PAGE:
Article Text

other Versions

PDF
Longitudinal study
Risk of suicidal thinking in caregivers of people with dementia should be assessed and monitored by health professionals
  1. Ben Parkinson
  1. Nursing and Community Health, Glasgow Caledonian University, Glasgow, UK
  1. Correspondence to Mr. Ben Parkinson, Glasgow Caledonian University, Glasgow G4 0BA, UK; ben.parkinson{at}gcu.ac.uk

Statistics from Altmetric.com

Commentary on: Joling KJ, O’dwyer ST, Hertogh CM, et al. The occurrence and persistence of thoughts of suicide, self-harm and death in family caregivers of people with dementia: a longitudinal data analysis over 2 years. International Journal of Geriatric Psychiatry 2018;33:263–70.

Implications for practice and research

  • This research provides further evidence of the importance of asking carers about their mental health and whether they experience suicidal thoughts.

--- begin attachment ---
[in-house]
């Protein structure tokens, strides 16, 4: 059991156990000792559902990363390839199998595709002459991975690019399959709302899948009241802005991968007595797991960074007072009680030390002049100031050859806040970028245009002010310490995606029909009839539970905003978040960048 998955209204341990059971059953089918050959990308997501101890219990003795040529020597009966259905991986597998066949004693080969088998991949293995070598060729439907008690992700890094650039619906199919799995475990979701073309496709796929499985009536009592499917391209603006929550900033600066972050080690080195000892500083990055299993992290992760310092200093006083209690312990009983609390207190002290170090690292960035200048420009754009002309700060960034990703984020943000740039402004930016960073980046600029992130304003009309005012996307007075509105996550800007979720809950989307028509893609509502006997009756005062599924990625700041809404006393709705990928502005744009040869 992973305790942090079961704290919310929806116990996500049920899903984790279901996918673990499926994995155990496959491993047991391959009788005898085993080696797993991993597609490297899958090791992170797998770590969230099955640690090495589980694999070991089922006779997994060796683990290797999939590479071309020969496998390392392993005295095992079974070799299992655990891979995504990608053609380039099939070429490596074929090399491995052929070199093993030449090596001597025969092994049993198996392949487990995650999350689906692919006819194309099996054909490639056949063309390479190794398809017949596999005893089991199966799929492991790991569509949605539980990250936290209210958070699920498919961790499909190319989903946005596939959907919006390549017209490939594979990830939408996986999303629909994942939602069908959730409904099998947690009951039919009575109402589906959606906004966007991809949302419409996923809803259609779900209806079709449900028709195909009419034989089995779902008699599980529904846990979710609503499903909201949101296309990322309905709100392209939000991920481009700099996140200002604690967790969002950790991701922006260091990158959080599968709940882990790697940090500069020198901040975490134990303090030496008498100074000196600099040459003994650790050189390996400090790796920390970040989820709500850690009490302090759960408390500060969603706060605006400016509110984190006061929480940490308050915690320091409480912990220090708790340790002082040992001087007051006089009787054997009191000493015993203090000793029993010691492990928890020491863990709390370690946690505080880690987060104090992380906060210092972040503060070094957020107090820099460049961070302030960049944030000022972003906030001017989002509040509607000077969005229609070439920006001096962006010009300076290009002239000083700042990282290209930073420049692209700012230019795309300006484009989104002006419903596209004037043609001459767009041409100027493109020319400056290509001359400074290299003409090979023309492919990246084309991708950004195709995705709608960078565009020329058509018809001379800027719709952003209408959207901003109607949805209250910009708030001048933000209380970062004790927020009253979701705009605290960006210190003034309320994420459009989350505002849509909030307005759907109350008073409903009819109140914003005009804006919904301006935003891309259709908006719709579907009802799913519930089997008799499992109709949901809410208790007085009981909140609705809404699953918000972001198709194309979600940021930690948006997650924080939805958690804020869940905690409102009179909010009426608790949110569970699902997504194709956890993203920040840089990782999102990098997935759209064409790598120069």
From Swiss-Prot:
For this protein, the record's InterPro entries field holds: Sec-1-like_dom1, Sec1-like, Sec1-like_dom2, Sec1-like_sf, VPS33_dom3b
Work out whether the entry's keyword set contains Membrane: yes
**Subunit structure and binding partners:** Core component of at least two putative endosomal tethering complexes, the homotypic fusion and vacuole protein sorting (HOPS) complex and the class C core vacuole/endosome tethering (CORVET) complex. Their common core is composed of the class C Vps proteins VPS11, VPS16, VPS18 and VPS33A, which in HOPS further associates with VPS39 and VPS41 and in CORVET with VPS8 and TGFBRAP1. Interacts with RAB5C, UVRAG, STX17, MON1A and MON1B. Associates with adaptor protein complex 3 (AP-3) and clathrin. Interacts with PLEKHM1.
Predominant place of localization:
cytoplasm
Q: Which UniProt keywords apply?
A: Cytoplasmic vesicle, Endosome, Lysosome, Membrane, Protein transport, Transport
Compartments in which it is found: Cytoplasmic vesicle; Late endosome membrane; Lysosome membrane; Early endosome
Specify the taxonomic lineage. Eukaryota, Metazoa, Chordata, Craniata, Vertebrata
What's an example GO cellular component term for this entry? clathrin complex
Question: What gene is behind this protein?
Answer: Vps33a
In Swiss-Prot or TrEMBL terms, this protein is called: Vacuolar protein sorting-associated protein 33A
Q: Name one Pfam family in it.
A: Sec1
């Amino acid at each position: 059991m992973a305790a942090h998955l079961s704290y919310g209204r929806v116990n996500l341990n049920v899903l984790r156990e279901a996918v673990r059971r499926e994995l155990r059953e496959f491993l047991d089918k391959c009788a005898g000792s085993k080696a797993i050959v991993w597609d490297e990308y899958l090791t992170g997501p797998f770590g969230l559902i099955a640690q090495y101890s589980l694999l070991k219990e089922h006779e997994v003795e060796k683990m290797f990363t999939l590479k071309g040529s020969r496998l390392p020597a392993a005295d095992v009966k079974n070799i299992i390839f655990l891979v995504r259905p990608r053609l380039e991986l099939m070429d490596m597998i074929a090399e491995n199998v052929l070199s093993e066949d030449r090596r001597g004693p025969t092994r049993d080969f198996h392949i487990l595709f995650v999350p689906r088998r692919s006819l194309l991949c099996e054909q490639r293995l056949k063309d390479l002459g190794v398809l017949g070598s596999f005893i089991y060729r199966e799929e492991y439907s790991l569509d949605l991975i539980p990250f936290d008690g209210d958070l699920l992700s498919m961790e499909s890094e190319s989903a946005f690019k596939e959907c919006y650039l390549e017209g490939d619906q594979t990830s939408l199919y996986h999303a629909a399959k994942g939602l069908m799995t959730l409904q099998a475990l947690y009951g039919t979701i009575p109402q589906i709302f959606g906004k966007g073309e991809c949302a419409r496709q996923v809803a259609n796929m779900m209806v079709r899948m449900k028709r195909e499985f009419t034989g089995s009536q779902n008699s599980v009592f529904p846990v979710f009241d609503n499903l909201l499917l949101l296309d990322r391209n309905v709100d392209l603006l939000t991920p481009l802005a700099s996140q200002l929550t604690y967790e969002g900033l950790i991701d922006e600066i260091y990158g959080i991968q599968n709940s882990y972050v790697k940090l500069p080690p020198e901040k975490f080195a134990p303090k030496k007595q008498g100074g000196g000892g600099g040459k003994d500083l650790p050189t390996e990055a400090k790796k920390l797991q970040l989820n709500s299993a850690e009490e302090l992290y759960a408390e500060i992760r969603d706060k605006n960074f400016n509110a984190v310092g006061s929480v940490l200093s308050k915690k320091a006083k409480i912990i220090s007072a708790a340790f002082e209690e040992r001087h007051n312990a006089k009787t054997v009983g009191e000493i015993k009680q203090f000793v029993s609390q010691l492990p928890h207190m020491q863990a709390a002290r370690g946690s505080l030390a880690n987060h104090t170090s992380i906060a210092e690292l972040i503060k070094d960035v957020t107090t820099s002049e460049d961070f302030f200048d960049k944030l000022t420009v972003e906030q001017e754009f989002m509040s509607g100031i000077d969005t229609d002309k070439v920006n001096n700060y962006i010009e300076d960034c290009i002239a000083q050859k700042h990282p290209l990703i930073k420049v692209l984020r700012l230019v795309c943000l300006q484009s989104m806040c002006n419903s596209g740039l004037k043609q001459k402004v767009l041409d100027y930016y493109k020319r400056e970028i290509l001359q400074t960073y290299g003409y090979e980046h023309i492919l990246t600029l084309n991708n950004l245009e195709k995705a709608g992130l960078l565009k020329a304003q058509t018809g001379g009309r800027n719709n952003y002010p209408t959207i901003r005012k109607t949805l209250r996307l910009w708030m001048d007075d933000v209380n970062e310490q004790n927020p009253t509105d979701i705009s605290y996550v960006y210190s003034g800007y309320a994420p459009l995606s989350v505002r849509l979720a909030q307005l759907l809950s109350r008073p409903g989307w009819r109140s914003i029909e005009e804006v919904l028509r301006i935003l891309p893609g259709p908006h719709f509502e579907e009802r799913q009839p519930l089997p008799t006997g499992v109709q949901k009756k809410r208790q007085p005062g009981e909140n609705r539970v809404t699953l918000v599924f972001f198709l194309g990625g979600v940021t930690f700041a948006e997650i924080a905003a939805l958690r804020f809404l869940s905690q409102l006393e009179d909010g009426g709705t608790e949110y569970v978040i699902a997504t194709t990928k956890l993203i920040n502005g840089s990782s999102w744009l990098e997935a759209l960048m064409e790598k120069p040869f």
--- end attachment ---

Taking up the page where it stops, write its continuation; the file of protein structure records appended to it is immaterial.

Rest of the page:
• Researchers should add to this work by exploring the relationship between suicidal thinking, planning, intent and attempts at suicide for caregivers for people living with dementia.

Context

The number of people with dementia and being cared for by family caregivers in the community is growing.1 Behavioural and psychological issues associated with dementia make the caregiver’s role potentially burdensome and mean some caregivers experience mental health difficulties and/or suicidal ideation. …

View Full Text

Request Permissions

If you wish to reuse any or all of this article please use the link below which will take you to the Copyright Clearance Center’s RightsLink service. You will be able to get a quick price and instant permission to reuse the content in many different ways.